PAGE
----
Monday: Lake Cayuga

The next day we explored our surroundings. The house had a big yard with a hot tub (broken, sadly), a koi pond with goldfish and frogs, and a hammock. There was also a garden with vegetables you could pick and an apple tree with a couple of ripe apples and many unripe ones. There was a meditation room with a curved glass wall and ceiling overlooking the nearby hills, which you could also see from the porch. It was really delightful. We are already thinking about staying there again.

We were about a half hour from Ithaca and we drove into town to have breakfast at the famous Ithaca Bakery, which we hadn’t managed to hit on our previous two trips there. Beth got the rosemary-salt bagel on the recommendation of friend whose kid is a sophomore at Ithaca and she didn’t regret it. Next we hit Wegman’s for groceries and some prescriptions for Noah that Beth had ordered to arrive there. And sure enough, they were waiting for us.

We went back to the house, where we relaxed (the kids watched an episode of Dr. Who, finishing a season they’d been watching for months). Then we packed a picnic lunch and went swimming at Cayuga Lake. Shortly after we arrived, Noah, who’s not exactly the outdoorsy type, asked “What is the goal of this activity?” He did wade a little and throw rocks in the water, which he always enjoyed as a little boy. Mostly, though, he sat in the shade and looked at his phone while the rest of us swam. We stayed until late afternoon and then returned to the house.

Noah and I finished up Pet Semetary, the last book in our mother-and-son book club, at least for a while, and then Beth fried some green tomatoes from the garden and we had green beans (also from the garden) and deli macaroni and cheese with it. We ate out on the porch, enjoying the view and the pleasant temperatures. It had been quite hot and humid at home, so Western New York was a welcome change. After dinner, we drove into Ithaca to have dessert at Purity Ice Cream.

That night we had our last family poetry reading, a bedtime tradition we’ve had since Noah was in first grade. I don’t know why this was harder for me that finishing our book, maybe it was because the end of Pet Semetary isn’t all that suited to melancholy nostalgia, what with all the violent death and ill-fated resurrections. Or maybe finishing our last summer novel (of seven) and our last poetry book on the same day was just too much. The book was Honeybee, by Naomi Shihab Nye, and the last poem we read (out of order because it was seven pages long and we’d skipped it the night before when we were pressed for time) was called “Last Day of School.” It’s about a woman revisiting her old elementary school and it ends, “there will never, never be a last day of school.” After Noah finished reading the poem, I dissolved into tears and Noah gave me a long hug.  I know most fifty-something moms’ and teens’ reading lives are not as entwined as mine and Noah’s have been, and it could seem odd, but for me it’s been a beautiful gift.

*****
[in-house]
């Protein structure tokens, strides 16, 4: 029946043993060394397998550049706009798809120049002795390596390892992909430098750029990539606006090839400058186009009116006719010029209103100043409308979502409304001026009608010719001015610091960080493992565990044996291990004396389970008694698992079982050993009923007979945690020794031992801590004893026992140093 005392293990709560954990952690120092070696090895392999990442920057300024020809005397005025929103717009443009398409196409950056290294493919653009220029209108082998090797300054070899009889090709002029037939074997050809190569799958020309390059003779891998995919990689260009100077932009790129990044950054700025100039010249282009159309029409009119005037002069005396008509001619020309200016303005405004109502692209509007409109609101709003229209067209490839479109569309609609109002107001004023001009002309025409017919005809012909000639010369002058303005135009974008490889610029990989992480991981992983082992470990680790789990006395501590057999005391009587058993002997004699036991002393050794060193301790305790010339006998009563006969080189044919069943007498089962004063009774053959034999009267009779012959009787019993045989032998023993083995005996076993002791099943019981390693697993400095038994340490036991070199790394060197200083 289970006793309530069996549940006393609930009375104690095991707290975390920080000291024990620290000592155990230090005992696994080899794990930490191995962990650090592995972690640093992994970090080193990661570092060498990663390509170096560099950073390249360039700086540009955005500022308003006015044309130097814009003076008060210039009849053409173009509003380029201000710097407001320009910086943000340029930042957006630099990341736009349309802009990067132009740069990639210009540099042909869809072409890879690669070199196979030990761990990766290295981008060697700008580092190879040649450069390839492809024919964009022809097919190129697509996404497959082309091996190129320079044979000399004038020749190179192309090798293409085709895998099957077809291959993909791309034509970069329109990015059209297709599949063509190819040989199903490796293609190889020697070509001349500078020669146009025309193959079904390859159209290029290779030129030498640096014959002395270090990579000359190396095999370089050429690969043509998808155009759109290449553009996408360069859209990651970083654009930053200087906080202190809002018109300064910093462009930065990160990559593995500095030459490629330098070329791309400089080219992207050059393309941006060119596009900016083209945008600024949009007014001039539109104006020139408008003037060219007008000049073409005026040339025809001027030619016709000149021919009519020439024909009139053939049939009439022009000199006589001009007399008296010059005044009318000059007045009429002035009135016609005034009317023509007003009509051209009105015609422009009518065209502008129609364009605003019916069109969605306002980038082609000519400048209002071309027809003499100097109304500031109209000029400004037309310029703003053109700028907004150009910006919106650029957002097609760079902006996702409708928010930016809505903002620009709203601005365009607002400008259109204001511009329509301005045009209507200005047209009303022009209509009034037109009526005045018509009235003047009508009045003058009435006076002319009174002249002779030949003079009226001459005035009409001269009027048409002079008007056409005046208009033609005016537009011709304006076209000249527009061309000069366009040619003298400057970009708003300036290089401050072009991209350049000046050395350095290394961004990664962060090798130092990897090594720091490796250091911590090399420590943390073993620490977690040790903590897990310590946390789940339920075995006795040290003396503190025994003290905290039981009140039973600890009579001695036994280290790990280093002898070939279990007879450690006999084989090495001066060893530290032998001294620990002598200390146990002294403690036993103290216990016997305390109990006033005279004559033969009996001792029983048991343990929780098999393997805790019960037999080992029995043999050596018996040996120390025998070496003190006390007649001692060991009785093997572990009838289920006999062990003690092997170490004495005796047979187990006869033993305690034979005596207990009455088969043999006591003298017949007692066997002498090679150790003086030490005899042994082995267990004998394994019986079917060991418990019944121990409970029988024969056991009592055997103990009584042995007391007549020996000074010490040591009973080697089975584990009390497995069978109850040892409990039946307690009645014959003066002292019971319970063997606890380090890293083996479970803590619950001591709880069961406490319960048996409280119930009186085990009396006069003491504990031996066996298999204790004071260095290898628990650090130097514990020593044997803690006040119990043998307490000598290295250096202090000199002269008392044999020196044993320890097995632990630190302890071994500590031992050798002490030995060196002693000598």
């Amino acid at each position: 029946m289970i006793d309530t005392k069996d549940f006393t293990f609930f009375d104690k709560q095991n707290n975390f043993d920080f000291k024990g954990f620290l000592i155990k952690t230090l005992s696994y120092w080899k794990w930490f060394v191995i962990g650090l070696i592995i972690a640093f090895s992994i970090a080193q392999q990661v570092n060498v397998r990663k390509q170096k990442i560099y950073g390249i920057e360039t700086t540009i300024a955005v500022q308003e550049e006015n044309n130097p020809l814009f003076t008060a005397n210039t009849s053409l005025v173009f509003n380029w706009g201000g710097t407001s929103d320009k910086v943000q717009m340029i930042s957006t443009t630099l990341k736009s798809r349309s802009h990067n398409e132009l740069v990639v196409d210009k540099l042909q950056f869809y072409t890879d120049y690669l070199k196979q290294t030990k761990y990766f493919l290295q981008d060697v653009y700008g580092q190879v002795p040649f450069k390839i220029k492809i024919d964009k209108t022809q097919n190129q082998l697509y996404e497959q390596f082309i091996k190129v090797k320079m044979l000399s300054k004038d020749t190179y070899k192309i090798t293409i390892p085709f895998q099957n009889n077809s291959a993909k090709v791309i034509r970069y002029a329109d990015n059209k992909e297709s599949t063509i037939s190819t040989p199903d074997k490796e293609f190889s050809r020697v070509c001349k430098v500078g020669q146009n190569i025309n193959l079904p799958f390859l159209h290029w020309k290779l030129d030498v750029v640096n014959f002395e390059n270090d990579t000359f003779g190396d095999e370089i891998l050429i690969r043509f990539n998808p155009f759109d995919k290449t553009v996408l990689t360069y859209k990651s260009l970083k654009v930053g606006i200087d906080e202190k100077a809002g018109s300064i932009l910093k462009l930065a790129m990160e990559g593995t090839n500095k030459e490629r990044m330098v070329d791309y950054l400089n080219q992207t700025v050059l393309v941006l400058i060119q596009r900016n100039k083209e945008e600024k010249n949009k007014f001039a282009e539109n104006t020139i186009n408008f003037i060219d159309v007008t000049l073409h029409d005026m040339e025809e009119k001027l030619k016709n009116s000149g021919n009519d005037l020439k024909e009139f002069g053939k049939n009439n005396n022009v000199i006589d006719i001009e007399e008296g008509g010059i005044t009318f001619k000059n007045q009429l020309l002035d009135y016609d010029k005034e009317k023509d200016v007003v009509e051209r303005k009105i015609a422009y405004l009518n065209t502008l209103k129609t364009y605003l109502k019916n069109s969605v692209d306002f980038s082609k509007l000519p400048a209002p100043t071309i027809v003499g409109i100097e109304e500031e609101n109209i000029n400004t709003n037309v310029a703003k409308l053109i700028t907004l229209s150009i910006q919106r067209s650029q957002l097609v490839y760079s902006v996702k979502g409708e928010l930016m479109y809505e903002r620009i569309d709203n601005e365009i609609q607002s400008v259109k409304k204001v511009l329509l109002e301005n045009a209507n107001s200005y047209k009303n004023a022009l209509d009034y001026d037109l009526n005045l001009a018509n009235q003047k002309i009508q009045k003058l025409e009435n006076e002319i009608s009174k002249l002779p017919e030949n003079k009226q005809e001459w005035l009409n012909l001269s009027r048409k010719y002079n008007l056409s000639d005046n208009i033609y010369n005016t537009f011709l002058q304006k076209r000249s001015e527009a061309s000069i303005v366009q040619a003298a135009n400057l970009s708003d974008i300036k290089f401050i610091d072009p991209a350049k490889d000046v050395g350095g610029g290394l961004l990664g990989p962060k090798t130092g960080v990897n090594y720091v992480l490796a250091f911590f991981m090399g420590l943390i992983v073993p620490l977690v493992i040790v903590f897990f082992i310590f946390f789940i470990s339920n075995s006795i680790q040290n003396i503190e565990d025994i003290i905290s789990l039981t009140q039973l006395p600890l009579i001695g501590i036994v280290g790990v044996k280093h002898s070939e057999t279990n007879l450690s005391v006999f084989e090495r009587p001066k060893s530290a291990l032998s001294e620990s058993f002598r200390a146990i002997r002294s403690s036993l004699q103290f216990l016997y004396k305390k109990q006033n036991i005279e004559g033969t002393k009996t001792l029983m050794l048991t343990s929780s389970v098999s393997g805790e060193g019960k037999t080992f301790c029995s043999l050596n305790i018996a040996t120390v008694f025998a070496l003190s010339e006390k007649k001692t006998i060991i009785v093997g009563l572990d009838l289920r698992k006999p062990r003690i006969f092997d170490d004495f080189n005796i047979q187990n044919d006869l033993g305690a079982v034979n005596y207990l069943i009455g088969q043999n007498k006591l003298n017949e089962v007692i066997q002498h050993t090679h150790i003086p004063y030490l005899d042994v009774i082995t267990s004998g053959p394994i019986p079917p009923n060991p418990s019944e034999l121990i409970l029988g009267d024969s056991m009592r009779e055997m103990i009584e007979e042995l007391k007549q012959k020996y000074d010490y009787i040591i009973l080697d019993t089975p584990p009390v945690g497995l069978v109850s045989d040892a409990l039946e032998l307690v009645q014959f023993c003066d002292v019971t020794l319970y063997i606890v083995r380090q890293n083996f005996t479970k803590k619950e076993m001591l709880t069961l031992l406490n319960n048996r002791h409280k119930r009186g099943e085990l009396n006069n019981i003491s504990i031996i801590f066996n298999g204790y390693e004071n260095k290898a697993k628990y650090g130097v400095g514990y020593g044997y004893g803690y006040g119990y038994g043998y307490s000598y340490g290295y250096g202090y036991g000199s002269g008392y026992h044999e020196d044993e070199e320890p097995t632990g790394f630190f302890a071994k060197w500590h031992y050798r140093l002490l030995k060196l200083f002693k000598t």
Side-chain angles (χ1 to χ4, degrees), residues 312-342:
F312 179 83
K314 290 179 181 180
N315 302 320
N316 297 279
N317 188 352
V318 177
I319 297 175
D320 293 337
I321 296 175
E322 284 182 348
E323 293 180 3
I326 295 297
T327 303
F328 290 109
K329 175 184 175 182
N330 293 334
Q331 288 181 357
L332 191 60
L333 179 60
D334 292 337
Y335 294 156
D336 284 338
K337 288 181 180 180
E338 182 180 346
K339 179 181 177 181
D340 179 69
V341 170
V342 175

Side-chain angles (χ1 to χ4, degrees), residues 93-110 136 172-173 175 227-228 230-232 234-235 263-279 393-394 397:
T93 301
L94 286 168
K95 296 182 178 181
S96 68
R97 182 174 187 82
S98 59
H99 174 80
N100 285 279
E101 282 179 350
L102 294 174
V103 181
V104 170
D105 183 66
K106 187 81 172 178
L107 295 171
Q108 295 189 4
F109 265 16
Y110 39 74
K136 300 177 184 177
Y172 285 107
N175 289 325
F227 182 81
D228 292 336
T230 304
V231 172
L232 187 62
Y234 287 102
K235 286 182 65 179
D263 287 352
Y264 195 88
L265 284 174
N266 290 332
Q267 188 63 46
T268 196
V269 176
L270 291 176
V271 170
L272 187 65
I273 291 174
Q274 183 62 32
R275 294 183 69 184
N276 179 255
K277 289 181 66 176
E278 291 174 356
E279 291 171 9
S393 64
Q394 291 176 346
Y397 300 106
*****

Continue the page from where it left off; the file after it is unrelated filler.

Tuesday: Move-In Day and Robert H. Treman State Park

The next day Noah packed up all his belongings and we drove up to the college, with a pit stop for breakfast at Waffle Frolic on Ithaca Commons. Noah stood in lines to get his i.d. and his dorm room key and then we moved him into his room. It was a very smooth process and there were a lot of orientation staff there for the express purpose of helping carry things up to the rooms. We met his roommate and the roommate’s brother and mother, but only briefly because you’re only allowed to park in the small lot for fifteen minutes so we had to leave pretty soon after they arrived. We did some on-campus errands, including getting a photo by the famous fountain and buying a lot of Ithaca College swag at the campus store: a t-shirt for Beth’s mom and sweatshirts for me and North; I also felt I needed a mug, pencils, and a car magnet. We went to Student Health to see about the process for having Noah’s ADHD meds shipped to campus and visited the mail room for small packages and the other mail room for large packages—he had both. The large package was a box fan for his window.

Later on the Ithaca parents’ Facebook page we heard people complaining about the heat on move-in day, which made us shake our heads and decide that these people were definitely not from the Washington, D.C. area. It was a little warm in Noah’s third-floor room, but I didn’t even break a sweat carrying things up there. The roommate brought a narrow, vertical fan that stands in the middle of the room and Noah had his fan, so I think they’ll be fine until it gets cool, which I hear happens pretty quickly. (We almost returned Noah’s fan because he and his roommate initially couldn’t fit it into the window, but the next day they moved some furniture so it could tilt it into the window frame.)